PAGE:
There are many tips when using Cricut iron on vinyl and no matter how you choose to do it in the end, some steps are common and some rules are always great to follow. The more you practice, the more you realize that some things work and some don’t work for you or a specific project.
Nevertheless, this doesn’t mean you should be completely on your own out there when using Cricut iron on vinyl and it’s better to keep your creativity for the designs and not for this part 🙂 .
What you need
Obviously enough, you do need your Cricut machine (this is entirely up to you) and a Cricut mat.
Choose your current project, no matter if it’s a t-shirt, a pillow or anything else. Don’t forget about the weeding tool and…the iron or the heat press. After all, it’s all about how to use cricut iron on vinyl.
Step 1: Let your imagination flow!
Use the Cricut Design Space and create the design for your current project. If you’re new at this, it’s better to go with a thicker font and pictures that aren’t that sophisticated. They may look interesting and impressive, but you do need to succeed at this, not to end up all bumped from the failure.
Some like to use a lot the Canvas feature from the Design Space for this type of projects- with iron, which is. It includes many various options and you may get the right size from the beginning, visualizing your project easier.
Step 2: Choose the colors
It’s essential to have it all clear: are you gonna use the same color vinyl for your project or several colors?
If you decide that all the parts of your project are the same color, select each item and select “weld” in the layers menu.
When you go with the various colors on different elements, do it accordingly.
Step 3: Let’s begin
Press “Go” and go to the page that shows you the items before you actually cut them. When your elements aren’t welded together, you’re gonna see multiple cuts instead.
For iron-on, you should definitely select “mirror image”. This is essential as you do want your project the right way, and not written backwards or anything like it. Unless, this is what it was you were going for in the first place. Continue by pressing “GO” once again.
Step 4 and a bit of Step 5: Let’s cut!
It’s the time when you change the dial on your machine to “Iron On”. The trickiest part? Knowing which side to place down your project. For some it may come natural right from the beginning, but some do find it difficult to do it right.
When ironing on vinyl, it’s good to know there is a clear, smooth sheet on one side that should be face down on the mat.
Step 6: Get into it!
Place the mat in the machine and load it in. as it’s loaded in, press the flashing Cricut button on the machine and enjoy the show!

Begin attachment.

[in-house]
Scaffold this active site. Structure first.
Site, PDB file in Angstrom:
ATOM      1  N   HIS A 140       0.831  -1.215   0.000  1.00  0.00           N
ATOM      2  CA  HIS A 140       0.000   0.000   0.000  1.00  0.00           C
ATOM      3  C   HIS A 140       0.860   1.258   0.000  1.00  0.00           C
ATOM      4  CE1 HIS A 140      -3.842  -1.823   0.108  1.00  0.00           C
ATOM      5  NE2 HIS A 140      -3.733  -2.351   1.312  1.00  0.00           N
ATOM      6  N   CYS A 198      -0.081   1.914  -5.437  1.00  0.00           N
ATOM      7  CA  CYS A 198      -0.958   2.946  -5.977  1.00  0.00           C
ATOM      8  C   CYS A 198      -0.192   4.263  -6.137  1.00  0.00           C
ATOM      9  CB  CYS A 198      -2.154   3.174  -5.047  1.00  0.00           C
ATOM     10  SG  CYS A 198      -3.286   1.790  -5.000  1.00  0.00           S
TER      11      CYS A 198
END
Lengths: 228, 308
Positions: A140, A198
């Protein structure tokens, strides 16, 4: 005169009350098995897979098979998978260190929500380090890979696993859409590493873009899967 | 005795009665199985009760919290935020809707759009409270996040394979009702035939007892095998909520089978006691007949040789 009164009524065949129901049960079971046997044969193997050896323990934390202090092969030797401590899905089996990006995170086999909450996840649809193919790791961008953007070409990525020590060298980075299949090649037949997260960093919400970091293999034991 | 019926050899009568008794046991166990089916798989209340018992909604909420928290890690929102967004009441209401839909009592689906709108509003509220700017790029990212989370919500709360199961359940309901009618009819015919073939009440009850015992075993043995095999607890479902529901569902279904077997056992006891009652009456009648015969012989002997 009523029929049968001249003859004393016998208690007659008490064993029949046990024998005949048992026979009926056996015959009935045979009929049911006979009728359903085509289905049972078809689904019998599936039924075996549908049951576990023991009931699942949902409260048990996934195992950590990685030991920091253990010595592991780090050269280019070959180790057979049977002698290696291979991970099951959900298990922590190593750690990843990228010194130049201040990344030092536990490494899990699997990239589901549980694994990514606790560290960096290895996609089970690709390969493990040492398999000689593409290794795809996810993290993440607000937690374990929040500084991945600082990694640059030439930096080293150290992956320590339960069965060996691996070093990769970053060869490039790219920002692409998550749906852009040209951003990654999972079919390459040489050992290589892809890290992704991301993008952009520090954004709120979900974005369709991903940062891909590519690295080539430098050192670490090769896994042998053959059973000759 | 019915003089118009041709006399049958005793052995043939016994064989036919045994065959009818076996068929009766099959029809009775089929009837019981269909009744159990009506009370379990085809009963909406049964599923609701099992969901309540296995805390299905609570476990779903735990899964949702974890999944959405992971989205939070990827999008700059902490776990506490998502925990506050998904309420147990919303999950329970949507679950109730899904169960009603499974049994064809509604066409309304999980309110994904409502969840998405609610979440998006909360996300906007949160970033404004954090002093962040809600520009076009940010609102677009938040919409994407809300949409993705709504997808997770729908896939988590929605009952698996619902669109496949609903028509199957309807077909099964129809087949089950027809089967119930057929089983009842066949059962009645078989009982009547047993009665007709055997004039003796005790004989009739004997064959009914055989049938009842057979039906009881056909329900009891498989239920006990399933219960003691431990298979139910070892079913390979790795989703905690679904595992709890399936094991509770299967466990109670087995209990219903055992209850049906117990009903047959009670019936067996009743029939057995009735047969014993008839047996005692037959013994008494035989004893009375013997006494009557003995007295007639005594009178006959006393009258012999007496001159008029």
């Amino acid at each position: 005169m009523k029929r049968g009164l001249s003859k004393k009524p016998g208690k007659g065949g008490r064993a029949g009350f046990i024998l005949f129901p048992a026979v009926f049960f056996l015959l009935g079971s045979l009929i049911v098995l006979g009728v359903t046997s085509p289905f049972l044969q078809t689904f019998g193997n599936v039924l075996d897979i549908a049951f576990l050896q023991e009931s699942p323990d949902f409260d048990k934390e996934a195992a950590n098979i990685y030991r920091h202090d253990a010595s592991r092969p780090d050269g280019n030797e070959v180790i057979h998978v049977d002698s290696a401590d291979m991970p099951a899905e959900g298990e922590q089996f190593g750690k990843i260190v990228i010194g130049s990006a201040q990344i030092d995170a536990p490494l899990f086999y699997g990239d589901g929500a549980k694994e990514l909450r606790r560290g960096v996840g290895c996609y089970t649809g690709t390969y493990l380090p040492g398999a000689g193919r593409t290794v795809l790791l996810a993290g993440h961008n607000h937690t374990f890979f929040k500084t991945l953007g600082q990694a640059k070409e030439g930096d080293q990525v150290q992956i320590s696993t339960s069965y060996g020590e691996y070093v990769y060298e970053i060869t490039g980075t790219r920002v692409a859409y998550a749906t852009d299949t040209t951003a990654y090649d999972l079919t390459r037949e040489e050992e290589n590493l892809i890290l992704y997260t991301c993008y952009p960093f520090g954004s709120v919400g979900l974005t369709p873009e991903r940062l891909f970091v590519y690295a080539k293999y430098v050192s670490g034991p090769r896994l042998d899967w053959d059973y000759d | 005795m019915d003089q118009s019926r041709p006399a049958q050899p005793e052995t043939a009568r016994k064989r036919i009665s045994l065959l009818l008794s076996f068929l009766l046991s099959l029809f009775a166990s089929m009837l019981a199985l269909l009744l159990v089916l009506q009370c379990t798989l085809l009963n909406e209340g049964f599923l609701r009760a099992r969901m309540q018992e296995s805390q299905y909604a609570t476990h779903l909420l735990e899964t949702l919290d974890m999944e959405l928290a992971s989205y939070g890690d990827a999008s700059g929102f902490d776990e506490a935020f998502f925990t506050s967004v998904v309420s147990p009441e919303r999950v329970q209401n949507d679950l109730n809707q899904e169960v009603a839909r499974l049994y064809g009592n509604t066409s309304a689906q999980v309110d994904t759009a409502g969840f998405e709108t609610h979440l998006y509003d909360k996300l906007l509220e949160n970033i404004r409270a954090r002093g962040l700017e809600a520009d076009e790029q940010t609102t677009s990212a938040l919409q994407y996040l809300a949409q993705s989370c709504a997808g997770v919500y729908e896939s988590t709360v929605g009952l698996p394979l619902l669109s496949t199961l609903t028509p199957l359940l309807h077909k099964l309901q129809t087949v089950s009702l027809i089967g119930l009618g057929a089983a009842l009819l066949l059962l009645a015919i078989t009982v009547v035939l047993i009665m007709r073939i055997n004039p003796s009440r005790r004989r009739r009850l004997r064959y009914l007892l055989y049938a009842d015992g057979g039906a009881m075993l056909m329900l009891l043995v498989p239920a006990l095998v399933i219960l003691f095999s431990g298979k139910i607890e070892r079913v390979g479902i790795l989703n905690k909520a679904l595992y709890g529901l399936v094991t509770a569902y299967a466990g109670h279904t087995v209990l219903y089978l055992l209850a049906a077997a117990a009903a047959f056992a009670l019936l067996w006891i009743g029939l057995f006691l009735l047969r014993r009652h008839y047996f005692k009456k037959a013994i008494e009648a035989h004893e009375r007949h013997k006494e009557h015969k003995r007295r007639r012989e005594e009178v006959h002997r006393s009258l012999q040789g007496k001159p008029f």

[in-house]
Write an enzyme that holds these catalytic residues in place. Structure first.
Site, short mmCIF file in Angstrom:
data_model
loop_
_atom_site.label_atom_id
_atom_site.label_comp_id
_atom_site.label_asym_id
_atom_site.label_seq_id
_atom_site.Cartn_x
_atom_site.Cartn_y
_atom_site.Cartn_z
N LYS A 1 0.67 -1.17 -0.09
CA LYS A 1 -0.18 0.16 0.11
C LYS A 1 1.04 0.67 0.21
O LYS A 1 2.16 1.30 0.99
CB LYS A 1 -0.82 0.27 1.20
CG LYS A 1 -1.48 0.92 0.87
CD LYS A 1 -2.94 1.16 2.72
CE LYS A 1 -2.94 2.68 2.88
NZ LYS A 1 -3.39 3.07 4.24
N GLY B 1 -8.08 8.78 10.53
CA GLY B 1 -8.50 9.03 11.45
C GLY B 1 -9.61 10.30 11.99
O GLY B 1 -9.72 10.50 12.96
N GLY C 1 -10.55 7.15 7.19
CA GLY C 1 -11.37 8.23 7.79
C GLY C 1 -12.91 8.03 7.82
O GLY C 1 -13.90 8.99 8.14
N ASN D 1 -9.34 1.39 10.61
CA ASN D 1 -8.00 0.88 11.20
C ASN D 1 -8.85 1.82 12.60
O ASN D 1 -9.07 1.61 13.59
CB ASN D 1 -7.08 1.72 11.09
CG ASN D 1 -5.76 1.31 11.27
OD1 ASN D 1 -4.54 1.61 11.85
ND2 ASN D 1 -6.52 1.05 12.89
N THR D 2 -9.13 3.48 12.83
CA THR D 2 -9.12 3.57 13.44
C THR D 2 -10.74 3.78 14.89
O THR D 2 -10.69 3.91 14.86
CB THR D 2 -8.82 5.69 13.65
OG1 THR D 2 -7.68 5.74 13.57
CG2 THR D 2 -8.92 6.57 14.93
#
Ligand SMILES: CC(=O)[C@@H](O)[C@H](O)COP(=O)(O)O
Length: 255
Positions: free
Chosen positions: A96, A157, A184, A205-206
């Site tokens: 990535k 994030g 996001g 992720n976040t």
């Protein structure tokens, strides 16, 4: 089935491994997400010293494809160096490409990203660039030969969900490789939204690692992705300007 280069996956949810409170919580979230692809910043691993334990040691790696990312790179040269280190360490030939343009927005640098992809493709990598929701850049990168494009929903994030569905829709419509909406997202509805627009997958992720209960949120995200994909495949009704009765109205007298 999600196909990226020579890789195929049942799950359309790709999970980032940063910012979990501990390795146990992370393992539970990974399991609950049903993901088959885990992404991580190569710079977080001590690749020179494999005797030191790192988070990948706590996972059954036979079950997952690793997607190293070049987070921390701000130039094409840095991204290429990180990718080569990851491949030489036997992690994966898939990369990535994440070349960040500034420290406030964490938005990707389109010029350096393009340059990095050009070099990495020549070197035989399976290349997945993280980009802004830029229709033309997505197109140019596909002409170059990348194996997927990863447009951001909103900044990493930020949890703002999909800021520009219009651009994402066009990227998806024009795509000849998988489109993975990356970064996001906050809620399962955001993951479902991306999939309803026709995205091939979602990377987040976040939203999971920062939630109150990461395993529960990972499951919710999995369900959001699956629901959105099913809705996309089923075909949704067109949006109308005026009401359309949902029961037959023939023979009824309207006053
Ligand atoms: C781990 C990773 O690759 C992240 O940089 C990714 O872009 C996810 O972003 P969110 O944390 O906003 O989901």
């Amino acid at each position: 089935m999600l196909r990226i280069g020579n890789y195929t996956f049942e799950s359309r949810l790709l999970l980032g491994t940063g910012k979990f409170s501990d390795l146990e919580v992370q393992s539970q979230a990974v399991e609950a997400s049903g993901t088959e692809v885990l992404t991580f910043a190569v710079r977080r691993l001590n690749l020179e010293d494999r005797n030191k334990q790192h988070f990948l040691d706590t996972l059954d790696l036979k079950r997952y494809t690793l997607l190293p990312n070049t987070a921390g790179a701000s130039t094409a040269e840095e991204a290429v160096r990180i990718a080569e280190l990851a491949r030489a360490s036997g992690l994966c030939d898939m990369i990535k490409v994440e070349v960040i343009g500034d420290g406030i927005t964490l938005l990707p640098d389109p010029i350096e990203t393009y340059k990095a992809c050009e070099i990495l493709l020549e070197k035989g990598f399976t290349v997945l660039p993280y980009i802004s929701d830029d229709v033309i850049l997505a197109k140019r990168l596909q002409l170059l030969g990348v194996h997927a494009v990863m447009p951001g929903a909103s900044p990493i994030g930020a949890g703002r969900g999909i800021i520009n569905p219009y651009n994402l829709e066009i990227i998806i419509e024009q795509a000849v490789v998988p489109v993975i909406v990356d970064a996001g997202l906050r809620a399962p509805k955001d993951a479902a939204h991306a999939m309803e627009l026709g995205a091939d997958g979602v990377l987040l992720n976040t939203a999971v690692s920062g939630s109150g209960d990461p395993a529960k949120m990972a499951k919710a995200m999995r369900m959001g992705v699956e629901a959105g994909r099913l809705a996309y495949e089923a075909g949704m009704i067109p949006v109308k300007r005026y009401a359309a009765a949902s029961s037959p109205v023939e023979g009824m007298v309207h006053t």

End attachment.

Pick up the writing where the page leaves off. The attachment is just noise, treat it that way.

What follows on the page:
Step 7: Do some cleaning
When the machine is done cutting, carefully cut off the piece of the cut vinyl. Take time, a deep breath and smoothly weed out any small pieces from your current design. If your project includes some thin fonts, go even more carefully.
Pull the rest of the excess material up and see that there are no other small pieces left behind.
Step 8: Iron on!
You finally got to the most important part: ironing. Note to self: it’s always better to pre-wash the material you’re going to use for your project.
Begin by “preheating” the selected material and iron it for 15-20 seconds, just in the place where you’re going the add the vinyl to. For best results, it’s good to have the iron on the cotton/linen setting.
It’s essential to have the right heat temperature and the right pressure. Try to play it safe and don’t get tempted into cranking the heat up as high as it will go. Never go over the “wool” heat setting and remember that a too hot iron ruins your vinyl.
It’s also important to firmly press the iron on the cotton-covered vinyl. Try not to move the iron back and forth, as you do on regular basics. You should instead press the iron hard across the whole project, waiting for 30 seconds in between sections.
Yes, having a sore arm in the end, means you have been using the right pressure for ironing. Just like going to the gym 🙂
Keep in mind that the vinyl has to side down and place it onto your preheated zone, flipping over your shirt. When you’re ironing onto a pillow, for instance, you may place a piece of a thin fabric over the vinyl.
Carefully (it’s all about patience in this kind of projects) iron over the back of the shirt for no longer than 25 seconds.
You should let the vinyl cool for a bit, 20 seconds or so, before you continue by flipping it back over. Use your last pieces of patience and remove the plastic from the vinyl. It may be you find some pieces coming up. Don’t worry! Simply try to iron it once more.